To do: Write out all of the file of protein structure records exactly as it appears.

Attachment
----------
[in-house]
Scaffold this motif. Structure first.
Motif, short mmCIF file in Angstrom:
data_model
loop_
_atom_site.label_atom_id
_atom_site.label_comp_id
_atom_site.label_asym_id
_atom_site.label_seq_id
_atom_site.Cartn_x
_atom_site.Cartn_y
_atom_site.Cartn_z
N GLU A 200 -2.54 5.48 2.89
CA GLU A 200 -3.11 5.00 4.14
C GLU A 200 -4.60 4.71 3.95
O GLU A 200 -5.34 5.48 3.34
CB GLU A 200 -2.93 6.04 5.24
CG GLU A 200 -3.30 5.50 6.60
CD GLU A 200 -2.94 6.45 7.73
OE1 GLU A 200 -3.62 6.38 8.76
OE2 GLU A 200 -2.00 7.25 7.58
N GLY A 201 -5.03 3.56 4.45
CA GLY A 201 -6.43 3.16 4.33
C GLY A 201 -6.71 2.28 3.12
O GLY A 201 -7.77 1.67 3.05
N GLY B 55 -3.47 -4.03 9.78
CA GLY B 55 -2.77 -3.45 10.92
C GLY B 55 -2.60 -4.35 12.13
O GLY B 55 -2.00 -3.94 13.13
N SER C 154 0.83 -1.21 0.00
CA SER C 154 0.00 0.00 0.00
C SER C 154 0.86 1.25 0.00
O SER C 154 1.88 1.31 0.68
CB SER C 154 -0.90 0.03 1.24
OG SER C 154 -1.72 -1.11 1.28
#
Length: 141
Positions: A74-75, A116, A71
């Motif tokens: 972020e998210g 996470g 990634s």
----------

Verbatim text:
[in-house]
Scaffold this motif. Structure first.
Motif, short mmCIF file in Angstrom:
data_model
loop_
_atom_site.label_atom_id
_atom_site.label_comp_id
_atom_site.label_asym_id
_atom_site.label_seq_id
_atom_site.Cartn_x
_atom_site.Cartn_y
_atom_site.Cartn_z
N GLU A 200 -2.54 5.48 2.89
CA GLU A 200 -3.11 5.00 4.14
C GLU A 200 -4.60 4.71 3.95
O GLU A 200 -5.34 5.48 3.34
CB GLU A 200 -2.93 6.04 5.24
CG GLU A 200 -3.30 5.50 6.60
CD GLU A 200 -2.94 6.45 7.73
OE1 GLU A 200 -3.62 6.38 8.76
OE2 GLU A 200 -2.00 7.25 7.58
N GLY A 201 -5.03 3.56 4.45
CA GLY A 201 -6.43 3.16 4.33
C GLY A 201 -6.71 2.28 3.12
O GLY A 201 -7.77 1.67 3.05
N GLY B 55 -3.47 -4.03 9.78
CA GLY B 55 -2.77 -3.45 10.92
C GLY B 55 -2.60 -4.35 12.13
O GLY B 55 -2.00 -3.94 13.13
N SER C 154 0.83 -1.21 0.00
CA SER C 154 0.00 0.00 0.00
C SER C 154 0.86 1.25 0.00
O SER C 154 1.88 1.31 0.68
CB SER C 154 -0.90 0.03 1.24
OG SER C 154 -1.72 -1.11 1.28
#
Length: 141
Positions: A74-75, A116, A71
């Motif tokens: 972020e998210g 996470g 990634s």